Equal is Unfair – my review

This book makes the very important and timely case that the movement for ‘income equality’ is not only based on bad math, but it is rooted in evil.

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The title “Equal is Unfair” is sure to raise eyebrows. Who doesn’t want EQUALITY? What sort of MONSTERS would write this book? The authors make the case that Political Equality is the only equality we should strive for, and that “Income Equality”, “Wealth Equality” and even “Equality of Opportunity” are dangerous misnomers designed to sound benevolent while masking a sinister motive.

Authors Yaron Brook and Don Watkins (of the Ayn Rand Institute) are intellectuals dedicated to educating young thinkers on objectivism, but the book does not read like a haughty philosophical tome.

The authors support their economic arguments with statistical data and charts, of course, but I find them at their best when they examine the underlying motives of the people who claim the higher moral ground in this debate. Put very simply, the ‘inequality alarmists’ as they are often labeled in the book, do not want to level the playing field by placing restrictions on those in power. They simply want to BE the ones in power. The ‘inequality alarmists’ are “authoritarians, and like all authoritarians, they desire to dictate how other people live”, because they are the “uniquely compassionate and intellectually gifted elite” (p. 179).

I won’t cover every argument made. For the full detail, I suggest you go and buy the book. It is just the right length at over 200 pages, and it is very easy to read in a week or so for a moderate reader. What I will do here is list some of the questions that are addressed in the book.

  1. Where does wealth come from? Who creates it?
  2. If the rich are getting richer, does it automatically follow that the poor must also be getting poorer?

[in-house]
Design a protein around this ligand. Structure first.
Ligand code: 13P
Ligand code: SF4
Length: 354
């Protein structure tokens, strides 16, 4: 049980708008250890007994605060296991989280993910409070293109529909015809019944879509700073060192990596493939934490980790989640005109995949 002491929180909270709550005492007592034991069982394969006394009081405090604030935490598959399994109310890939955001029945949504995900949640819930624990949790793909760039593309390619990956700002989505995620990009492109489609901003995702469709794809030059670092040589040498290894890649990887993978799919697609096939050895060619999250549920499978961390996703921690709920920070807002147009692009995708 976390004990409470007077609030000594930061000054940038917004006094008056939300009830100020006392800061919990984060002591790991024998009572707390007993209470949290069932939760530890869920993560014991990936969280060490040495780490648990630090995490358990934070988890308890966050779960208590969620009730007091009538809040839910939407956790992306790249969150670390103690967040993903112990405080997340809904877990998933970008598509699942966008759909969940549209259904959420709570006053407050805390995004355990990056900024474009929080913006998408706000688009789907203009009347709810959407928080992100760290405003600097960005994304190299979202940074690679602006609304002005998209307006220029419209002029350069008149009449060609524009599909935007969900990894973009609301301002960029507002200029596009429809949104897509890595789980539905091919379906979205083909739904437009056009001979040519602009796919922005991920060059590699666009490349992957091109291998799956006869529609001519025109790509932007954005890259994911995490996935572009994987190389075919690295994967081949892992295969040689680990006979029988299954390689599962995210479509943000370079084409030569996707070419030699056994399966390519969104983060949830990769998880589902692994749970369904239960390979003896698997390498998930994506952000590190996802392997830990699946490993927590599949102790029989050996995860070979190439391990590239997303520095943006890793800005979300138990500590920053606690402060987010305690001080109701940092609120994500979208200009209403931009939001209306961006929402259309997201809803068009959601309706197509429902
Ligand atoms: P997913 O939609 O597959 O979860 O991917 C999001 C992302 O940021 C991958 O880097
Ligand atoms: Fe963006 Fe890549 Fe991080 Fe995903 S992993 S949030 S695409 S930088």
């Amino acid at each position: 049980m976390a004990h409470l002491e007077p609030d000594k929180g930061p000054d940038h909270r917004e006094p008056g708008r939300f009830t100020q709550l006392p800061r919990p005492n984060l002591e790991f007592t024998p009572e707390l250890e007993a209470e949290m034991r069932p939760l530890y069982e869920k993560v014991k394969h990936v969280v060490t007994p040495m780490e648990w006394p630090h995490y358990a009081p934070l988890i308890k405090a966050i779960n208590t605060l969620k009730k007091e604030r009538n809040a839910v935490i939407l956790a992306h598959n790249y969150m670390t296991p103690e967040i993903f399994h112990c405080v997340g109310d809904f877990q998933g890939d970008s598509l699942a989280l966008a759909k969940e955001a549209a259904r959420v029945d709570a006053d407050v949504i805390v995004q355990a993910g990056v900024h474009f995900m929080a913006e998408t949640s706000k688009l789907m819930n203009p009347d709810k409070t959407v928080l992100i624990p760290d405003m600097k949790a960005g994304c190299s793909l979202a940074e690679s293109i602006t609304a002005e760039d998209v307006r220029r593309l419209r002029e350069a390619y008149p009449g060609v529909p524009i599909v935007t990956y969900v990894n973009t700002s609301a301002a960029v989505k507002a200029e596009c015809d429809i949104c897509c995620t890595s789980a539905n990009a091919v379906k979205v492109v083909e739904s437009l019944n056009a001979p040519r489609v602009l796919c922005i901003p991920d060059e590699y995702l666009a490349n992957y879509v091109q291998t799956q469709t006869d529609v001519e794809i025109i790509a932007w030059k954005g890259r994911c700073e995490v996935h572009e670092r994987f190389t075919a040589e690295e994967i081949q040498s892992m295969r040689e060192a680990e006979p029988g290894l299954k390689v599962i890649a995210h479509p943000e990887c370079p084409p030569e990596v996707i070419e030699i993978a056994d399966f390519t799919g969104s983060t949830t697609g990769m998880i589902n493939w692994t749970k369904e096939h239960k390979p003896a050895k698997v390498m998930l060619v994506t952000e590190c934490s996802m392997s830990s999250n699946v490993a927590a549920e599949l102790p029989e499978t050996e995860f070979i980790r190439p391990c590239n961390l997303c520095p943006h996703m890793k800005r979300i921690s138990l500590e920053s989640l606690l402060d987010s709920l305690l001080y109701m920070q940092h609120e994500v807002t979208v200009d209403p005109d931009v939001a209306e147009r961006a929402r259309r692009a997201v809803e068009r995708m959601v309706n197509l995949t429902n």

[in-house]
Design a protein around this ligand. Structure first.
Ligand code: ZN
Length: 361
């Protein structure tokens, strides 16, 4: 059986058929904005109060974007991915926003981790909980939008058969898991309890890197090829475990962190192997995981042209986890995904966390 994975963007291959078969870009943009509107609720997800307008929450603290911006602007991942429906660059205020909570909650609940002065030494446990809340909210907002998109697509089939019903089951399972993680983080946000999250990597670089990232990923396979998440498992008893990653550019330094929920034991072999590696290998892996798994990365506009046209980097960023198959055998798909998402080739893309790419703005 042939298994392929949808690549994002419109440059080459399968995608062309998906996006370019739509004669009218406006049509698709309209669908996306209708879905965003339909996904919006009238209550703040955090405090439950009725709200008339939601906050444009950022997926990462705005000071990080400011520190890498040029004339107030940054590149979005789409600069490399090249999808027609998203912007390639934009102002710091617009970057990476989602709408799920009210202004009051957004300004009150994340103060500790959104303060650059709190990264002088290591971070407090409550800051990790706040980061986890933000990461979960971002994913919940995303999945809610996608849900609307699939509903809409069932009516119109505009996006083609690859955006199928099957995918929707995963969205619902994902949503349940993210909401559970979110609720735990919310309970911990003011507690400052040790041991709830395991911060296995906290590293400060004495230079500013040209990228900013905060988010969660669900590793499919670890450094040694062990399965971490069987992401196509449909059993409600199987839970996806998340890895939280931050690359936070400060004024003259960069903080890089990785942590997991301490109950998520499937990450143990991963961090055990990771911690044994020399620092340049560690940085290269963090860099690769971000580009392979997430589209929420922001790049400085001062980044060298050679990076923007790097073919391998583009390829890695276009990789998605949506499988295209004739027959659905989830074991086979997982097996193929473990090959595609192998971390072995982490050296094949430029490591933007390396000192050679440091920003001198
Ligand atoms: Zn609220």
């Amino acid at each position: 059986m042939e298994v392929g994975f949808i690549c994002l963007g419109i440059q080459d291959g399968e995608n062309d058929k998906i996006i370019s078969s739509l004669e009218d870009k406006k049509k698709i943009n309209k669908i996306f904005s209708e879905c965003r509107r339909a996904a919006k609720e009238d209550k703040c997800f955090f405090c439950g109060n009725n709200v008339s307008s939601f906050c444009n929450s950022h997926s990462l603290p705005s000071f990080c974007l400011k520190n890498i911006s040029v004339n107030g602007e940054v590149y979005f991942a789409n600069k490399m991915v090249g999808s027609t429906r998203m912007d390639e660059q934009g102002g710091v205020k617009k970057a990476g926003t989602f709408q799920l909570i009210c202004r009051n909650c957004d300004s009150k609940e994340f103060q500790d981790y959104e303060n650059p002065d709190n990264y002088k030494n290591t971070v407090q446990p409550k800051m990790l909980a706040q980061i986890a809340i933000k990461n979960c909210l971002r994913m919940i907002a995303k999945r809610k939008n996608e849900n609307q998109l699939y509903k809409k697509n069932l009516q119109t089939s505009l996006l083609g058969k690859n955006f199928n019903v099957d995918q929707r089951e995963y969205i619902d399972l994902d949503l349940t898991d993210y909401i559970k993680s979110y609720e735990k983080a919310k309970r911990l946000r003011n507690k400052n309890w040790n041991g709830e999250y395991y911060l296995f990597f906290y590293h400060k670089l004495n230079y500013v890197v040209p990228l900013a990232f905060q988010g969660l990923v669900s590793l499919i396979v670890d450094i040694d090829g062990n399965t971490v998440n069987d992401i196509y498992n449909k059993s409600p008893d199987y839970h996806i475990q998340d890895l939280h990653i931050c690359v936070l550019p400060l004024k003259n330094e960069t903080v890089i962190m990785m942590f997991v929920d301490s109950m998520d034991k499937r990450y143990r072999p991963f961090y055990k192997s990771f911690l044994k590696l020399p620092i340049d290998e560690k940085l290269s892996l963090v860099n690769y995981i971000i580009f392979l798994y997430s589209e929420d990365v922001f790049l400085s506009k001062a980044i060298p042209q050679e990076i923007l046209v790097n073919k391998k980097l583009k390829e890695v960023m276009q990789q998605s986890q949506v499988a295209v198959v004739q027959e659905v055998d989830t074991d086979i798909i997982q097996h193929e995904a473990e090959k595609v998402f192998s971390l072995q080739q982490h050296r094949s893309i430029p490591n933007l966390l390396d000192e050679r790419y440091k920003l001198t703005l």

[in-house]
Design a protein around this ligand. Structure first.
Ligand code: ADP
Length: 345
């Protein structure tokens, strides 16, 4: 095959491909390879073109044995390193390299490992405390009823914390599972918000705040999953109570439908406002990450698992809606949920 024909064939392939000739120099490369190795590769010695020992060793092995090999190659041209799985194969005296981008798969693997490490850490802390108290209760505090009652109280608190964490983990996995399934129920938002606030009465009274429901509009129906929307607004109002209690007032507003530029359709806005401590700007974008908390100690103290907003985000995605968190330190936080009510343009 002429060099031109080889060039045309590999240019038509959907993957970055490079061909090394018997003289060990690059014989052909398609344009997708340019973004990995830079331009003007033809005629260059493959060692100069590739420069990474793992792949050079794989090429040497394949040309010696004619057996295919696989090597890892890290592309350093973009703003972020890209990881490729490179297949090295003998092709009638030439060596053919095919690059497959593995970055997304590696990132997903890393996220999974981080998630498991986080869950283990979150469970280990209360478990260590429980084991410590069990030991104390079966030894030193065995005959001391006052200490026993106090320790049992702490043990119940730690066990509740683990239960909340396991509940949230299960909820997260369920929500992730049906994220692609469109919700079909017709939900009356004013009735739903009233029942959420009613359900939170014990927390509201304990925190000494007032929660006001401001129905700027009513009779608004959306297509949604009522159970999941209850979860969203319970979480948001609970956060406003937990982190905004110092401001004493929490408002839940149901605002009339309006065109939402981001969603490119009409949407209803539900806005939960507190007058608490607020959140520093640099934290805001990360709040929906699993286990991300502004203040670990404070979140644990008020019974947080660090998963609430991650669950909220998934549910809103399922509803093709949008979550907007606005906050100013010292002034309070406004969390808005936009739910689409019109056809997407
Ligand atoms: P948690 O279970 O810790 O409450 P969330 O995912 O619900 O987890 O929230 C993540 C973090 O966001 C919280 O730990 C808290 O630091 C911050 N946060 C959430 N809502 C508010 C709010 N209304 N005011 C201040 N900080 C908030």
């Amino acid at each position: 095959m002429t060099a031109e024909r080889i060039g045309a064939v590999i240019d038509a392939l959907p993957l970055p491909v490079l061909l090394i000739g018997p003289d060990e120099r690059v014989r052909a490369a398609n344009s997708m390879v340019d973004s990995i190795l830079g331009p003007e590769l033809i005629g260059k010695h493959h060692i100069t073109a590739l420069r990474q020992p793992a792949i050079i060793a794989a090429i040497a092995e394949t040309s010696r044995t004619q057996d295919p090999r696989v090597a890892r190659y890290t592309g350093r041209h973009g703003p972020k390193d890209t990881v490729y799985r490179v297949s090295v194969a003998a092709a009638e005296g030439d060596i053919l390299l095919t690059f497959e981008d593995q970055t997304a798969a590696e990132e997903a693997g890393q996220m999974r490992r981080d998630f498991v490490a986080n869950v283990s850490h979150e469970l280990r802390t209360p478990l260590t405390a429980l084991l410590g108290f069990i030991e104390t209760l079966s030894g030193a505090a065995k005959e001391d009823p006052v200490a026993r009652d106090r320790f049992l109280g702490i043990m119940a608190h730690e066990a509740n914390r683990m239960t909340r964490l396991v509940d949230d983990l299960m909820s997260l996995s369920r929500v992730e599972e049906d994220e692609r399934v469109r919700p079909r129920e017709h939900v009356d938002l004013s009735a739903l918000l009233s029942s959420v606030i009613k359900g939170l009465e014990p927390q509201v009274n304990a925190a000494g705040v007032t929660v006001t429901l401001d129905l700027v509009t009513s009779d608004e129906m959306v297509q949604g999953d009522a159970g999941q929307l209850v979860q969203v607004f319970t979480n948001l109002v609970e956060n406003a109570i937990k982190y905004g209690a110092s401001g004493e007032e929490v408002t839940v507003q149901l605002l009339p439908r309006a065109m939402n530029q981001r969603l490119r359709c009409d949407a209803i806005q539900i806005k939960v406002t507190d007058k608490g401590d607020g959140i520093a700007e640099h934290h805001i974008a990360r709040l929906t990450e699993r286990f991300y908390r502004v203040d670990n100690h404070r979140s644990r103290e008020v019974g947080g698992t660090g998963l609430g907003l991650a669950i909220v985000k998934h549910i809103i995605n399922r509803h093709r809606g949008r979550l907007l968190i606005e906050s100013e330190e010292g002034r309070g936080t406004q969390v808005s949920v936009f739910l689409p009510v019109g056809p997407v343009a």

3. Assuming income or wealth inequality is a problem, has it actually gotten worse over time?
  4. Are overseas sweat shops bad? What happens when we shut them down?
  5. Why does the US have an unfulfilled need for plumbers, electricians, mechanics and welders?
  6. Who provides more value to the other: the shoe factory owner or the worker who makes 100 pairs of shoes per day?
  7. Who is harmed most by the minimum wage? If there was no minimum wage, could a company survive paying its employees $0.50 per hour?
  8. What impact does a government monopoly on schools have on the quality of education?
  9. Who are the 1%? Are they paying their fair share of taxes?
  10. Why do attempts to achieve economic equality so often result in brutality and violence?

The economic arguments made in this book are important. I think everyone should understand them. More importantly, however, is the unmasking of the technique used by collectivists/statists/utopians to wear down the individualists or free market proponents in the debate: The Appeal to Morality.

Everyone should arm themselves with the tools offered in Equal is Unfair to combat the deceptive moral arguments of collectivism. Whether you are an avid Ayn Rand reader, a libertarian, a conservative or just someone who wants to understand the issue better, I highly recommend this book.

I’ll close with one of my favorite lines from the book:

It is just to treat things equally. But for the same reason, we must treat unequal things unequally. [Paraphrasing Aristotle].

Achievement is unequal, and so equal is unfair.

(p.205).